Susan Schein preps for life after Chrysler

Susan Schein Chrysler Dodge in Pelham lost its Chrysler LLC franchise June 9, one of 789 dealerships nationwide to receive a pink slip from the bankrupt automaker.

“I can barely drive by there, to be honest with you,” said Schein, who was notified May 14 that her franchise agreement with Chrysler would not be renewed. “It’s just unbelievable that they could tell me, after 27 years, you have three weeks to go out of business.”

A “Going out of business sale” sign hung outside the dealership on Pelham Parkway as customers purchased 80 of the 84 new Chrysler vehicles left on the lot. Schein said the vehicles were sold at prices $1,000 to $3,000 less than non-affected Chrysler dealerships.

The remaining four Chrysler vehicles were redistributed to other dealerships. However, Schein had to pay Chrysler $1,750 to $2,000 for each unsold vehicle.

Schein said 35 employees were laid off as a result of the closing. More than half of those employees have found jobs, and four were reassigned to Schein’s Chevrolet dealership, which faces closure in 2010. General Motors Corp., which owns the Chevrolet brand, announced May 15 it will terminate franchise agreements with 1,100 dealerships nationwide.

Schein said the abrupt end of her relationships with Chrysler and GM hasn’t worn her resilience. She plans to either open a body shop on her Chrysler property or sell the Chrysler property and convert her vacant Pelham Acclaim Auto Rental property on Pelham Parkway to a body shop. Customers who’ve purchased Chrysler vehicles from Schein may have them serviced at her Chevrolet dealership at 3171 Pelham Pkwy., adjacent to Home Depot.

Schein is also considering acquiring other vehicle franchises.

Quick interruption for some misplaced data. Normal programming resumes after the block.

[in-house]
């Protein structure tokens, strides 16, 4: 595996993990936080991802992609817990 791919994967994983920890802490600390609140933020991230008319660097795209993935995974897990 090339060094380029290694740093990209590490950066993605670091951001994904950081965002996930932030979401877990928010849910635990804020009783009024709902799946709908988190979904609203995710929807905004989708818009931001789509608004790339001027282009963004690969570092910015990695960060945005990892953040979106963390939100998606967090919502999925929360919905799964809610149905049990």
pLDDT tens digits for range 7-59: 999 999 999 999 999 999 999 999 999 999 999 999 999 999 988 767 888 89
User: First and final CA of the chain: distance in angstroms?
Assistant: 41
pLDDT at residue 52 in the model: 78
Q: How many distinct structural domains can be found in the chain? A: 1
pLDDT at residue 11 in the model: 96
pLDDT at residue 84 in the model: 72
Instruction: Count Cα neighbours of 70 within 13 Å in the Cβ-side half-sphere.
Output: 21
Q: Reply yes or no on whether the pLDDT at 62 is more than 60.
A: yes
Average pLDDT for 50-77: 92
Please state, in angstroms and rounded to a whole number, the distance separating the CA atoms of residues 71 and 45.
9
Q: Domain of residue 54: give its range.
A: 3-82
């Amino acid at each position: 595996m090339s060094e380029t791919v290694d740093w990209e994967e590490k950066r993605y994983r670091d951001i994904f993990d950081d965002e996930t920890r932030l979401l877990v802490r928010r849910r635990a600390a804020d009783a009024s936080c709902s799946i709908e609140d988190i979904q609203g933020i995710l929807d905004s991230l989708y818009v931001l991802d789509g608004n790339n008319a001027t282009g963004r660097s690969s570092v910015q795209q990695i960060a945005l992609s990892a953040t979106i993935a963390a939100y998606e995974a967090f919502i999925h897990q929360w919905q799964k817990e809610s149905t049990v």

“We plan to continue to be here for long time, but in a different form,” Schein said. “Instead of Susan Schein Chrysler or Chevrolet, it’ll be Susan Schein Automotive.”

Local and state legislators have lent their support to Schein and other affected dealers.

U.S. Rep. Artur Davis (D-Birmingham) was among 14 members of Congress last week to introduce the Automobile Dealer Economic Restoration Act, a bill that forces Chrysler and GM to restore franchise agreements with affected dealers.

The Pelham City Council on Monday will vote on a resolution in support of Schein’s dealerships. Mayor Don Murphy, who proposed the resolution, said the loss of Schein’s franchise agreements will affect the city’s budget.

“Our federal government has put them out of business,” Murphy said. “You’re taking our tax dollars and you’re putting people out of business who were doing good. We need to rally behind (Schein) and write to our officials to wake up and see what they’re doing.”

While Schein applauds legislators’ efforts, she believes the protest falls on deaf ears.

“I’m afraid the decisions have been made and they’re not going to listen,” she said. “The more people who try to have their voice heard, we stand a better chance, but my gut feeling is that it’s too late.”

Schein said the volume of well-wishes from the community have been nothing short of amazing. She and her staff are drafting a letter for customers and supporters, thanking them for their cards, letters and phone calls.

Schein has personally adopted one of her well-wishers’ sentiments.

“When one door closes, a better one opens,” she said.